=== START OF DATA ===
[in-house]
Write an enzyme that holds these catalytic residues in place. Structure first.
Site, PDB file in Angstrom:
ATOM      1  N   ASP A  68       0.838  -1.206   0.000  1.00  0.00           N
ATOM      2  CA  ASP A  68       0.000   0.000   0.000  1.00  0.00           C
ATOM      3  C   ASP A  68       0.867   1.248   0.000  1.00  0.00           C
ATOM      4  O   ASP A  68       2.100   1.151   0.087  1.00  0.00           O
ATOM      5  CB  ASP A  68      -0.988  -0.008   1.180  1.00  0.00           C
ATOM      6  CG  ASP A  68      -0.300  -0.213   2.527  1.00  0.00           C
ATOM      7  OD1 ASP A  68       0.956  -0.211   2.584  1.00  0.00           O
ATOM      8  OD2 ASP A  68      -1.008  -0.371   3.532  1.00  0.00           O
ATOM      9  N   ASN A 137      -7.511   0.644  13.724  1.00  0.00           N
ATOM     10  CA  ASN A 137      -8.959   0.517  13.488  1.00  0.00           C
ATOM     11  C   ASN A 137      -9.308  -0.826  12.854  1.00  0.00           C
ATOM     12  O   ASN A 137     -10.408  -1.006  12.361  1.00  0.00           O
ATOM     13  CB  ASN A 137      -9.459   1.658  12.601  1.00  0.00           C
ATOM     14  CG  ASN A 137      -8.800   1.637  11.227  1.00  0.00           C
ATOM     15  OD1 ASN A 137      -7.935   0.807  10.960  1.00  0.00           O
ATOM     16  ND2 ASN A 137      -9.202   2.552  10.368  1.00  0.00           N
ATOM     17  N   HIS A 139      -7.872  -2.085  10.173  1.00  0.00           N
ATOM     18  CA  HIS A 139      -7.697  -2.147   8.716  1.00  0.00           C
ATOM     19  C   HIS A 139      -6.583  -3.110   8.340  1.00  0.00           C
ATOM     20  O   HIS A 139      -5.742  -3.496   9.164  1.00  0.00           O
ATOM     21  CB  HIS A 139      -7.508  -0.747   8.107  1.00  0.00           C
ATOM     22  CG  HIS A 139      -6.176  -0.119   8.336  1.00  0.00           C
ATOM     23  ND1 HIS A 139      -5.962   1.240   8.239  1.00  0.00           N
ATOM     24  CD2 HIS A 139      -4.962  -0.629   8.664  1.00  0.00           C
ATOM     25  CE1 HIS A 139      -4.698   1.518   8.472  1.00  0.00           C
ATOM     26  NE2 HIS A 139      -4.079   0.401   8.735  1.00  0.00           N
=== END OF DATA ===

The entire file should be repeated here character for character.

[in-house]
Write an enzyme that holds these catalytic residues in place. Structure first.
Site, PDB file in Angstrom:
ATOM      1  N   ASP A  68       0.838  -1.206   0.000  1.00  0.00           N
ATOM      2  CA  ASP A  68       0.000   0.000   0.000  1.00  0.00           C
ATOM      3  C   ASP A  68       0.867   1.248   0.000  1.00  0.00           C
ATOM      4  O   ASP A  68       2.100   1.151   0.087  1.00  0.00           O
ATOM      5  CB  ASP A  68      -0.988  -0.008   1.180  1.00  0.00           C
ATOM      6  CG  ASP A  68      -0.300  -0.213   2.527  1.00  0.00           C
ATOM      7  OD1 ASP A  68       0.956  -0.211   2.584  1.00  0.00           O
ATOM      8  OD2 ASP A  68      -1.008  -0.371   3.532  1.00  0.00           O
ATOM      9  N   ASN A 137      -7.511   0.644  13.724  1.00  0.00           N
ATOM     10  CA  ASN A 137      -8.959   0.517  13.488  1.00  0.00           C
ATOM     11  C   ASN A 137      -9.308  -0.826  12.854  1.00  0.00           C
ATOM     12  O   ASN A 137     -10.408  -1.006  12.361  1.00  0.00           O
ATOM     13  CB  ASN A 137      -9.459   1.658  12.601  1.00  0.00           C
ATOM     14  CG  ASN A 137      -8.800   1.637  11.227  1.00  0.00           C
ATOM     15  OD1 ASN A 137      -7.935   0.807  10.960  1.00  0.00           O
ATOM     16  ND2 ASN A 137      -9.202   2.552  10.368  1.00  0.00           N
ATOM     17  N   HIS A 139      -7.872  -2.085  10.173  1.00  0.00           N
ATOM     18  CA  HIS A 139      -7.697  -2.147   8.716  1.00  0.00           C
ATOM     19  C   HIS A 139      -6.583  -3.110   8.340  1.00  0.00           C
ATOM     20  O   HIS A 139      -5.742  -3.496   9.164  1.00  0.00           O
ATOM     21  CB  HIS A 139      -7.508  -0.747   8.107  1.00  0.00           C
ATOM     22  CG  HIS A 139      -6.176  -0.119   8.336  1.00  0.00           C
ATOM     23  ND1 HIS A 139      -5.962   1.240   8.239  1.00  0.00           N
ATOM     24  CD2 HIS A 139      -4.962  -0.629   8.664  1.00  0.00           C
ATOM     25  CE1 HIS A 139      -4.698   1.518   8.472  1.00  0.00           C
ATOM     26  NE2 HIS A 139      -4.079   0.401   8.735  1.00  0.00           N